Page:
No, struggling to read involves a lot of distractions and falling asleep mid-sentence and struggling to finish 400 page books within the 3 week check-out period from the local library. Unintentionally skipping entire lines, wanting to get lost in a good book but somehow managing to do anything and everything else instead — dishes, laundry, scrolling through instagram. Even as I wish I could read as much and as fast as I used to, I am grateful to have the small comfort of gradually easing into the loss, not having one single terrifying moment of recognition. Thank you, brain. 

I am in year 4 of the 5 that my eye doctor predicted I had before losing all of my central vision. A few cone cells right in the center of my central vision are holding on, diligently delivering data so that I can read Ruefle’s lecture or this entry. But, how well can I actually read this entry? Even as I try to proofread, I often leave out words or spell them wrong. When those cone cells die — is it certain that they will die? — will I finally have that moment of terrible recognition? Will it be like Ruefle describes when she woke up one morning and couldn’t read:

When I was forty-five years old, I woke up on an ordinary day, neither sunny or overcast, in the middle of the year, and I could no longer read….the words that existed so I might read them sailed away, and I was stranded on a quay while everything I loved was leaving. And then it was I who was leaving: a terror seized me and took me so high up in its talons that I was looking helplessly down on a tiny, unrecognizable city, a city I and loved and lived in but would never see again.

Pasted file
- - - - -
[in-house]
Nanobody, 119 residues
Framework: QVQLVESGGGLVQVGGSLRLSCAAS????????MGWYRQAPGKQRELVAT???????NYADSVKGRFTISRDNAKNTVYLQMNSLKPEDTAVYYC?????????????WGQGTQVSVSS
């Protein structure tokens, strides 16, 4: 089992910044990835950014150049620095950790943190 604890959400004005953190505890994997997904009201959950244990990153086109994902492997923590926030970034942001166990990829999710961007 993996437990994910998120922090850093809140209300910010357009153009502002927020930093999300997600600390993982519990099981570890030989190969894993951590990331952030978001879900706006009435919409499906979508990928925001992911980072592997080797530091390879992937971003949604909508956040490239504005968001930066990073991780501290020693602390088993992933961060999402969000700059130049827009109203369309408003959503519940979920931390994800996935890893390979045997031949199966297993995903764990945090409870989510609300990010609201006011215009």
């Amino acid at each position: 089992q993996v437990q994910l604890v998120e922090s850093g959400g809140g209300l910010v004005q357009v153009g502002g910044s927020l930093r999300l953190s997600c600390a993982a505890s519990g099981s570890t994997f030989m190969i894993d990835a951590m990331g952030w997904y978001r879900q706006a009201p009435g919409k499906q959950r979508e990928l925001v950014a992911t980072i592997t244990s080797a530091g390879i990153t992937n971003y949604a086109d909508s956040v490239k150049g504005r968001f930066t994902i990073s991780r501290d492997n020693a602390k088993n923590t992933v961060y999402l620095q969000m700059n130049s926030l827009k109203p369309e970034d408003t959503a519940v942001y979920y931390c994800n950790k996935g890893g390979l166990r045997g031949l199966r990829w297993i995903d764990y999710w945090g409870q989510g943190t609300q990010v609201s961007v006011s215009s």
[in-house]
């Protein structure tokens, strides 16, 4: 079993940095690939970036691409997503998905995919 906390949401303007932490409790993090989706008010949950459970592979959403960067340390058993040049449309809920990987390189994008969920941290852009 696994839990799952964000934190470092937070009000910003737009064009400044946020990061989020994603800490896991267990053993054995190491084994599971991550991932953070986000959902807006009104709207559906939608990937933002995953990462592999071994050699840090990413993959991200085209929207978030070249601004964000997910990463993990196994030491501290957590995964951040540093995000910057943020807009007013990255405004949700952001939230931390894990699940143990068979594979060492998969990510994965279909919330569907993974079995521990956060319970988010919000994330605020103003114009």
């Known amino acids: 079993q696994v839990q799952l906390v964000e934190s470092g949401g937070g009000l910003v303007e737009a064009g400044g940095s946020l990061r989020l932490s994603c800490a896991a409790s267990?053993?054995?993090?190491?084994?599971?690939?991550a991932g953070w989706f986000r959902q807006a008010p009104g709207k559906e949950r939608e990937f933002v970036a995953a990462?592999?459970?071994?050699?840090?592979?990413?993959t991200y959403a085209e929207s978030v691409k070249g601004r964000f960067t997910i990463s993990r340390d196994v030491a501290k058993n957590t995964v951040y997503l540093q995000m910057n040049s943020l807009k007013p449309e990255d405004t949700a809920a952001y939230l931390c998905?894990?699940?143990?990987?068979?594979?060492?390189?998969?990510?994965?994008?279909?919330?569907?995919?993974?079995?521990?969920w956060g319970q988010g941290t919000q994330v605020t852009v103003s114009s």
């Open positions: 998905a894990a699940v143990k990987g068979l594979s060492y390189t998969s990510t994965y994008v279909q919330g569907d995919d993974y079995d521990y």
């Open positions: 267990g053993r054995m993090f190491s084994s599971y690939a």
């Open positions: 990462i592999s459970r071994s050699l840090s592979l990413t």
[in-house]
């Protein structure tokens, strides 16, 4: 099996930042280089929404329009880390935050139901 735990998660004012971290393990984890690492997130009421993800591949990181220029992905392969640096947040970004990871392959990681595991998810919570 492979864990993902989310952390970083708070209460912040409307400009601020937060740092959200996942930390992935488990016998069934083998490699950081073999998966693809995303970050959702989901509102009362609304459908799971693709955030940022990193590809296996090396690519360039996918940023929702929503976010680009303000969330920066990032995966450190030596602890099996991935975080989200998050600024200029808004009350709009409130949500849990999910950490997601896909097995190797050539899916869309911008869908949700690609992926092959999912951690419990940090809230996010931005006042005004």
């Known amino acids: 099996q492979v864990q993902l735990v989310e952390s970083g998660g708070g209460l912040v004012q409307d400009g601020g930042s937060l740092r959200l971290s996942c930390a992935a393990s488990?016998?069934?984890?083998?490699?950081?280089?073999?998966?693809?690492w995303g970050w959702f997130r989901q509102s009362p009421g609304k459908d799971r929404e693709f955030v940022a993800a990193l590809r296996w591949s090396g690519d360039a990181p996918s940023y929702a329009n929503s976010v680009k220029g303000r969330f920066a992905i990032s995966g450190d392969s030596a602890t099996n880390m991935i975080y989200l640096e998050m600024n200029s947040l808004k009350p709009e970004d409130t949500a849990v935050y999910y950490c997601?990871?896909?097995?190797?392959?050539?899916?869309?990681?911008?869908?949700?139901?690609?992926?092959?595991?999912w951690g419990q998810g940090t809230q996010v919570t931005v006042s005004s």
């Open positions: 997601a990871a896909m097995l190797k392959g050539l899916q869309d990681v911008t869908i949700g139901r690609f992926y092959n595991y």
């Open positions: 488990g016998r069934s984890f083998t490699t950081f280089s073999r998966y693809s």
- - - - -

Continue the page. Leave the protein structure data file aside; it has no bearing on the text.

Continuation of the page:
(She concludes: “I needed reading glasses, but before I knew that, I was far far away.” In the margins of the book I wrote: drama bomb, which we — me, Scott, RJP, and FWA have been saying a lot lately.) I can’t know for sure, but I doubt that even if I do wake up tomorrow without being able to read the words on a page that this type of terror will seize me. Maybe one reason is that when I can’t read with my eyes, I can still read with my ears. I’ve spent the last 4 years building up my reading-as-listening skills. And there are so many amazing audio books available!

This is not to say that losing my ability to stare endlessly at words and understand them is not painful. It’s strange to walk by the bookshelves crammed full of all my wonderful books from grad school, filled with notes in the margins, and know they’re useless to me. Or to go to a bookstore, which used to be one of my favorite things to do, and hate — or maybe just strongly dislike — being there, unable to read the title of books unless I pick them up and slowly study them. It’s painful, but not tragic or a tragedy.

On Reading with Ears, Writing without Eyes

from a log entry on RUN! — 9 sept 2023

In my recent round of requesting books using the Libby app, I’ve been choosing mostly audio books. Reading with my eyes is getting harder. It really doesn’t bother me that much because audio books are amazing. So many choices, with highly skilled narrators. 

Gradually over the last several years, I’ve been building up my listening skills, learning to read with my ears instead of eyes — but only through audio books and podcasts. Reading for fun. I have spent very little time learning how to read with my ears in practical situations. I’m not using a screen reader. I don’t listen to my text messages. When I’m writing on this blog, I only use my eyes to proofread what I’ve written. This eyes-only approach has led to an increasing number of typos

Every so often I worry about how I’ll use this blog, which has so many words, when I can’t read what I’ve written. Over the years, I have experimented a little with dictation — dictating my log entries into my phone — but these experiments have been limited and don’t usually last that long. I think it might be time to step up my efforts, to experiment more, to start developing new habits that can ease me into life without central vision, both practically and creatively, helping me to navigate the world better and to create art that better reflects/communicates how I see and don’t see. 

I’d like to return to this book excerpt from Andrew Leland and The Country of the Blind soon, taking up some of what he discusses about Borges, dictation, and writing with screen writers. 

A few things I have been thinking about which translate practically, but are about my art, one is about seeing in new ways, the other about not relying on sight.